Chantal Lefebvre, 29, & Arseni Markov, who will be 25 on November 12, have left Connecticut and are now training in Montreal with Elise Hamel. While he was in the traditional tails, she wore a very lovely but very colorful outfit. She explained, "I know most of the other women were in white or a pale color but I like to be original." With minus GoEs for all but the final section of the second pattern, they lie only 0.32 behind Davis & White.

Xiaoyang Yu & Chen Wang, two 20 year olds from Harbin in Northern China, are only 0.18 behind in tenth place. They are their country’s national champions and have competed four times in the Four Continents Championships with a top place in 2006 of seventh.

In 11th and last place, 2.17 points behind the Chinese are Kamila Hajkova, 19, & David Vincour, 22, from Brno in the Czech Republic. They are Czech champions and finished 27th and 19th respectively in the last world and European championships.


Original Dance

Starting Order - Original Dance
  1. Chantal Lefebvre & Arseni Markov

  2. Xiaoyang Yu & Chen Wang

  3. Kamila Hajkova & David Vincour

  4. Marie-France Dubreuil & Patrice Lauzon

  5. Trina Pratt & Todd Gilles

  6. Anastasia Platonova & Andrei Maximishin

  7. Tessa Virtue & Scott Moir

  8. Natalia Mikhailova & Arkadi Sergeev

  9. Kimberley Navarro & Brent Bommentre

  10. Meryl Davis & Charlie White

  11. Federica Faiella & Massimo Scali


Original Dance Placements
1 Marie-France Dubreuil & Patrice Lauzon CAN
2 Tessa Virtue & Scott Moir CAN
3 Meryl Davis & Charlie White USA
4 Anastasia Platonova & Andrei Maximishin RUS
5 Federica Faiella & Massimo Scali ITA

Kimberley Navarro & Brent Bommentre

7 Chantal Lefebvre & Arseni Markov CAN
8 Natalia Mikhailova & Arkadi Sergeev RUS
9 Kamila Hajkova & David Vincour CZE
10 Trina Pratt & Todd Gilles USA
11 Xiaoyang Yu & Chen Wang CHN

Virtue & Moir

Pratt & Gilles

(Rotational lift about to go bad!)

Dubreuil & Lauzon skated to a vocal, Le Voz de Buenas Aires by Eladia Blazquez. Dubreuil wore a lovely crocheted backless dress. She explained, "I’m in white. How different is that? I know there will be 30 ladies in red and black at worlds and I wanted something that would stand out." They started out very tentatively. She nearly fell on their non-touching midline twizzles which earned Level 3 but were saddled with a minus 0.60 GoE. "Doing 4 revolutions in a low position is challenging. We are still experimenting with that," Dubreuil admitted. The diagonal step sequence was also Level 3 but their four other elements gained Level 4. They won this section but their element score was only 0.60 ahead of Virtue & Moir. (Their component scores were 4.32 ahead of V&M.)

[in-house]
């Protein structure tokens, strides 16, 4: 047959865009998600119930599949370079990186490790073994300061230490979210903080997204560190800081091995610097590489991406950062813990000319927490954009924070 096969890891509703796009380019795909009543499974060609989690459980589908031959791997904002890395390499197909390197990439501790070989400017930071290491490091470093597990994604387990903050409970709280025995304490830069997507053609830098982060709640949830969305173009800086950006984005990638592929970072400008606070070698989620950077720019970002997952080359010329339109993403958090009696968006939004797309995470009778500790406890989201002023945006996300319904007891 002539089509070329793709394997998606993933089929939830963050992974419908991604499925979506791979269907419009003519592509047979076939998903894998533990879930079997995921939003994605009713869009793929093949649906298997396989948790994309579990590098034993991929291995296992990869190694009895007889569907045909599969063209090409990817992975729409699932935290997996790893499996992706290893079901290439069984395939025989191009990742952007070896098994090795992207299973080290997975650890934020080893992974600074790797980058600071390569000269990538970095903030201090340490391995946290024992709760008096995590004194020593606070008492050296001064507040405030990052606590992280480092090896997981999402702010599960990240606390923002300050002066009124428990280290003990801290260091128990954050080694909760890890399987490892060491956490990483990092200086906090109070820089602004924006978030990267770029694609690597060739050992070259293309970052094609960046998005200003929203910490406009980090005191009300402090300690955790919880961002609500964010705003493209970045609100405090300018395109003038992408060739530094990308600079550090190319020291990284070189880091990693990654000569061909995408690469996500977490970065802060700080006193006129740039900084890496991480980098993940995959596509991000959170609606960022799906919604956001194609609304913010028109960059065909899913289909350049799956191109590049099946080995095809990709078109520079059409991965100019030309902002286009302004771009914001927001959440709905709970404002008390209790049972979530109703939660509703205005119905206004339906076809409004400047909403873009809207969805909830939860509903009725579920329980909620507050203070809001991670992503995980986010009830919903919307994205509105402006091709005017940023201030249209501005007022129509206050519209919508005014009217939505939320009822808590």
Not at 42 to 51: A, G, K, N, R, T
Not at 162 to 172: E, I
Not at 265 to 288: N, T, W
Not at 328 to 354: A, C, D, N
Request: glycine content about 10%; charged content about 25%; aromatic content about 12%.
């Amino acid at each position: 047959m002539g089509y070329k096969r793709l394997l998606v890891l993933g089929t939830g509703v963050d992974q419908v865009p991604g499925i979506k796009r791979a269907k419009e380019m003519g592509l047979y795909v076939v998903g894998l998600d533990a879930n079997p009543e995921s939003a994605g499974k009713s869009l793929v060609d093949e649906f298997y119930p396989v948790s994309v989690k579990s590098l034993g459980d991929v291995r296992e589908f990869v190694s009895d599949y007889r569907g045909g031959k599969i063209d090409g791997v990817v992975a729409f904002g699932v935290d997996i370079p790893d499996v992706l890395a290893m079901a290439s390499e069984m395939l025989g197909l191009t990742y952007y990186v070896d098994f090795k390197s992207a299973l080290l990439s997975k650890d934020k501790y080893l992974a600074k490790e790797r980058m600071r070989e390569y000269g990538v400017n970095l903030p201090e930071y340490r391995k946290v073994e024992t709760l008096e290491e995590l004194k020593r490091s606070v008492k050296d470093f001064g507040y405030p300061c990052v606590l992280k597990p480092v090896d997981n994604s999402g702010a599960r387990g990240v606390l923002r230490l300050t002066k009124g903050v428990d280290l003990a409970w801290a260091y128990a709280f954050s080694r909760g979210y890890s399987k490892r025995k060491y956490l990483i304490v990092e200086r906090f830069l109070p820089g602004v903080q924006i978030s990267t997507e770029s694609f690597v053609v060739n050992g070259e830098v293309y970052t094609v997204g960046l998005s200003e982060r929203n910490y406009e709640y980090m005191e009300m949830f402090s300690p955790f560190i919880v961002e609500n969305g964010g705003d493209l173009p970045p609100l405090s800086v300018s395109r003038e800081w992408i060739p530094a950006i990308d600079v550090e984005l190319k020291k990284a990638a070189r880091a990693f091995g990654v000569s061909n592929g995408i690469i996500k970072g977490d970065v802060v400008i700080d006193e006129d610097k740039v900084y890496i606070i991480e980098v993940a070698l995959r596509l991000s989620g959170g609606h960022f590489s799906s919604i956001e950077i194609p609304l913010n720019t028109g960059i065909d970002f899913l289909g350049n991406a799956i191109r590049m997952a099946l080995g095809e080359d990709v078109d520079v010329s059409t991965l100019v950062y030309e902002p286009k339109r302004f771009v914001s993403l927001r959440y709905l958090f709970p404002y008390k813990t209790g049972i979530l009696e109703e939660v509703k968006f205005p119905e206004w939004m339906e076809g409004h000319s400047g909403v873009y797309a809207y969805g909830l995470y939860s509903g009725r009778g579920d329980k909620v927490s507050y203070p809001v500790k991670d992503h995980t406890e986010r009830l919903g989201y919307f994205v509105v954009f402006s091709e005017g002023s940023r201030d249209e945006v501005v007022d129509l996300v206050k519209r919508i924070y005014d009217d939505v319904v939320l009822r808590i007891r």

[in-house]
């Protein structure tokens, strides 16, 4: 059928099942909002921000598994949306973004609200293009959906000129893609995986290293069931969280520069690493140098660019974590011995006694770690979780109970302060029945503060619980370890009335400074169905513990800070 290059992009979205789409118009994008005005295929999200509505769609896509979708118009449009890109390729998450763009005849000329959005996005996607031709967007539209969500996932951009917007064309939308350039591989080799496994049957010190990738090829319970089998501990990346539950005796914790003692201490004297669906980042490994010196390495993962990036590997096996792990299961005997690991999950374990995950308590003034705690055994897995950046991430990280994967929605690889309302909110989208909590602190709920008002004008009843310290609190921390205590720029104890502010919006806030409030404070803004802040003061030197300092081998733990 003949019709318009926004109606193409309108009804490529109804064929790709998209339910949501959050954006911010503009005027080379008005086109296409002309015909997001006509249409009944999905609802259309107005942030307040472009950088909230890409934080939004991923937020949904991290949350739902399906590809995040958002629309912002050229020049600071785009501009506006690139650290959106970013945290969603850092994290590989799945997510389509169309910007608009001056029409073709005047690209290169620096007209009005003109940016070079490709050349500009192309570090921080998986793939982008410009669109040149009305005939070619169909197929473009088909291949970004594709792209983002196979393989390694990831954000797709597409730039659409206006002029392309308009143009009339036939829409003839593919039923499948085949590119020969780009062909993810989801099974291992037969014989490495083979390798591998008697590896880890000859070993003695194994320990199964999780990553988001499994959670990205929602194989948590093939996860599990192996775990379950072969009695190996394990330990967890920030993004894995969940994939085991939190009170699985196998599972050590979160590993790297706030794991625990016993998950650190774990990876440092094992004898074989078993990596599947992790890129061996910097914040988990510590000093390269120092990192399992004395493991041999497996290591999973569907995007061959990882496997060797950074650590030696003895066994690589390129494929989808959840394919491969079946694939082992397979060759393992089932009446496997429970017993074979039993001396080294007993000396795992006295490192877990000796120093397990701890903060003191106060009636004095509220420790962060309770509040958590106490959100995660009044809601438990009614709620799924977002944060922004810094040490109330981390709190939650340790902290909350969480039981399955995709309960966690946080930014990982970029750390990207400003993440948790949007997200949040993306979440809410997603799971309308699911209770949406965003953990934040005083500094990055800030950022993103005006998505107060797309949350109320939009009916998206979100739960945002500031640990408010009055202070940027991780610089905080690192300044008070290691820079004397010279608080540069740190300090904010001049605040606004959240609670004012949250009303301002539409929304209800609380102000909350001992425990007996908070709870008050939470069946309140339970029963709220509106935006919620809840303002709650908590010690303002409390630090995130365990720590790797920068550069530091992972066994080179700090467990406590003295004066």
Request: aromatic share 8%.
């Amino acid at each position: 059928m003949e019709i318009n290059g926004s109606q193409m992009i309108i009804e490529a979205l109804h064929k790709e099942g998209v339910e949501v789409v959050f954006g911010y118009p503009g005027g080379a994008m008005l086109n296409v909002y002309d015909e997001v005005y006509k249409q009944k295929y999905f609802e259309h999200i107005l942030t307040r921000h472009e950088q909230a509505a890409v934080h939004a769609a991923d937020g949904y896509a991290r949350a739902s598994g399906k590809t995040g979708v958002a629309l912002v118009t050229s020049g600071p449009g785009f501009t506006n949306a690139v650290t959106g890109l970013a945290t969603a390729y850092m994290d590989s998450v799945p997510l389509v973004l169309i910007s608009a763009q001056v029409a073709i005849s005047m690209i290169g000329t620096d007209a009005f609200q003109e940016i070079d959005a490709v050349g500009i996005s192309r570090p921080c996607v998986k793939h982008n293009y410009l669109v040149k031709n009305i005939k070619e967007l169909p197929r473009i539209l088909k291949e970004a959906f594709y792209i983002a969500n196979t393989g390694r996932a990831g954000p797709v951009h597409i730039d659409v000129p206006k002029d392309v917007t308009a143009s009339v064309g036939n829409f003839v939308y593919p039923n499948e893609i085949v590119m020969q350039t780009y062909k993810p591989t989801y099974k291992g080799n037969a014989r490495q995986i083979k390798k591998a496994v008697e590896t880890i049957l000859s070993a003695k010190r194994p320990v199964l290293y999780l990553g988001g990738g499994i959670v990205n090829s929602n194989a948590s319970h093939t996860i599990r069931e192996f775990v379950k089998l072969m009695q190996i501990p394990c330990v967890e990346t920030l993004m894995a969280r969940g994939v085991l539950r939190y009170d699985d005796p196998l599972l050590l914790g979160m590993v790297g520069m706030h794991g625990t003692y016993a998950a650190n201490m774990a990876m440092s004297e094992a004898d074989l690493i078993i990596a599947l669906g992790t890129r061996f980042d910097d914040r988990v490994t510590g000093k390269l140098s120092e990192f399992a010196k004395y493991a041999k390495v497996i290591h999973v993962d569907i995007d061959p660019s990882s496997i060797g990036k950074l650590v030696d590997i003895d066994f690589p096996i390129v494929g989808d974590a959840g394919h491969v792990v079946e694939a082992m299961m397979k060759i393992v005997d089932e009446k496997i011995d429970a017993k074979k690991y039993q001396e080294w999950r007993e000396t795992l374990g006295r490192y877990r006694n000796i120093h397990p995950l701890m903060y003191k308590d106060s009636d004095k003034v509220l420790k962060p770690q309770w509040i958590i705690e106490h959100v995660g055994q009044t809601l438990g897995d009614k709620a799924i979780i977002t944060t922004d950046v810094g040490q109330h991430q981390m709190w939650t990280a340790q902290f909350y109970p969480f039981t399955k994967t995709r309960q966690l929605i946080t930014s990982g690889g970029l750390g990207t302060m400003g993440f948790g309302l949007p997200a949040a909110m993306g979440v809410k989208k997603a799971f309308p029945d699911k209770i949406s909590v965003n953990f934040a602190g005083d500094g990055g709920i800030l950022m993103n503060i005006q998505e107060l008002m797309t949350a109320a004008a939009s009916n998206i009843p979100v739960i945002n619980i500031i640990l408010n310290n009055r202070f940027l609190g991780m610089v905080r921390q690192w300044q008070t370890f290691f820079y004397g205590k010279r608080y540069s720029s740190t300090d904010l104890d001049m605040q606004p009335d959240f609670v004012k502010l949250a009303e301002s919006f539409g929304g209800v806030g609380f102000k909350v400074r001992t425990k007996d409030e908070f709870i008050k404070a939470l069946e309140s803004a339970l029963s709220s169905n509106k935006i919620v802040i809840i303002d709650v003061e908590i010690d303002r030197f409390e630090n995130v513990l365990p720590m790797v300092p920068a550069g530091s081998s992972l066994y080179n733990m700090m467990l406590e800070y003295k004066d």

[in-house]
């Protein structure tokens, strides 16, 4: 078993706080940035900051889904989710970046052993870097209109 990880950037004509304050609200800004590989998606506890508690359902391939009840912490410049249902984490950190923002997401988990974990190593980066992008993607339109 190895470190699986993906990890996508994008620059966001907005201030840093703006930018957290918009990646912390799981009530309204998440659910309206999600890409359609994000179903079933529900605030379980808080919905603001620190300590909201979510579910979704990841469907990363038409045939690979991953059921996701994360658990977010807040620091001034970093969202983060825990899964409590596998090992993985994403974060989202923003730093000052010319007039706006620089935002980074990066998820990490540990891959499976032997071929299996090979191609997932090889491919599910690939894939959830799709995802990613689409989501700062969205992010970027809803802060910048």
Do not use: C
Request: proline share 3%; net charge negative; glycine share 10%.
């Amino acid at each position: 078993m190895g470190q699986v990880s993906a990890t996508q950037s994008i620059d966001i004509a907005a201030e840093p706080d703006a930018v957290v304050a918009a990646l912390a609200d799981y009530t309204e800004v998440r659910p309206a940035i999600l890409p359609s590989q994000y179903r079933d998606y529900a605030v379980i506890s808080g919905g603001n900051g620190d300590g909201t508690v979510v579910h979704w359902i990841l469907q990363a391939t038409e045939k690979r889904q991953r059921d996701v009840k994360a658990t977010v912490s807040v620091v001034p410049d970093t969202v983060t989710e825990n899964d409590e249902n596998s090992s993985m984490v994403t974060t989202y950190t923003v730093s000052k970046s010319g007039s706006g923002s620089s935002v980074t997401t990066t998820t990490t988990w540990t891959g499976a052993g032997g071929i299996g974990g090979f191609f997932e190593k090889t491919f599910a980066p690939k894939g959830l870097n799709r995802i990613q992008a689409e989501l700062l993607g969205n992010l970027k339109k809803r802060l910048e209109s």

Virtue & Moir, who wore black, with his hair appropriately slicked down, were second in this section. They definitely benefited from doing their Association Tango at Campbell’s Cup in Cincinnati. They started their routine with a Level 4 combination spin which received the base value of 4.70. The non-touching midline twizzles were only Level 2 but the non touching midline steps were Level 3. Their straight line and rotational lifts were both Level 4s. No one received more than Level 3 for their diagonal steps.

Faiella & Scali, who drew to skate last, were only fifth in this section and they dropped to third going into the free, 1.29 behind Virtue & Moir. She fell, not on an element but while going round a corner. It was a nasty embarrassing moment with her flat on her back with both legs in the air. They skated to Tanguera performed by Sexteto Mayor which was choreographed by Pasquale Camerlengo. They received -0.80 GoE on their first move, Level 2 diagonal steps, and -0.20 on their non-touching midline twizzles, which was also Level 2. Their curve and rotational lifts were both Level 4. The other two elements (combination spin and non-touching midline steps) were Level 3. She wore a long black outfit with lots of sparkly silver. He was in a tuxedo. They had a very ballroom-y look but she appeared devastated waiting for the marks in the kiss and cry section.

Davis & White moved up from eighth to fourth with this original which was rated third best. Skating just before Faiella & Scali, they used Astor Piazzolla’s A Los Amigos. White was attired in five time U.S. champion Jerod Swallow’s tango outfit and looked both dapper and appropriately slightly unsavory. Davis was in blood red. They appear comfortable together, having skated together for many years. All their elements gained better than base value. The spin and both lifts were Level 4. Two elements were Level 3 and the non touching midline twizzles were Level 2. The day before, they had been devastated by the fall. "We had to put it behind us. You can’t dwell on it. We both knew what we had to do today," said White.

Platonova & Maximishin, skating to the Gotan Project Tango, were fourth in this section as they had been in the compulsory but ended up fifth going into the free. However, they were only 0.36 behind Davis & White. They earned Level 4 for the combination spin, straight and rotational lifts and non-touching midline twizzles but received a slight negative GoE for this last element. The other two elements were Level 3.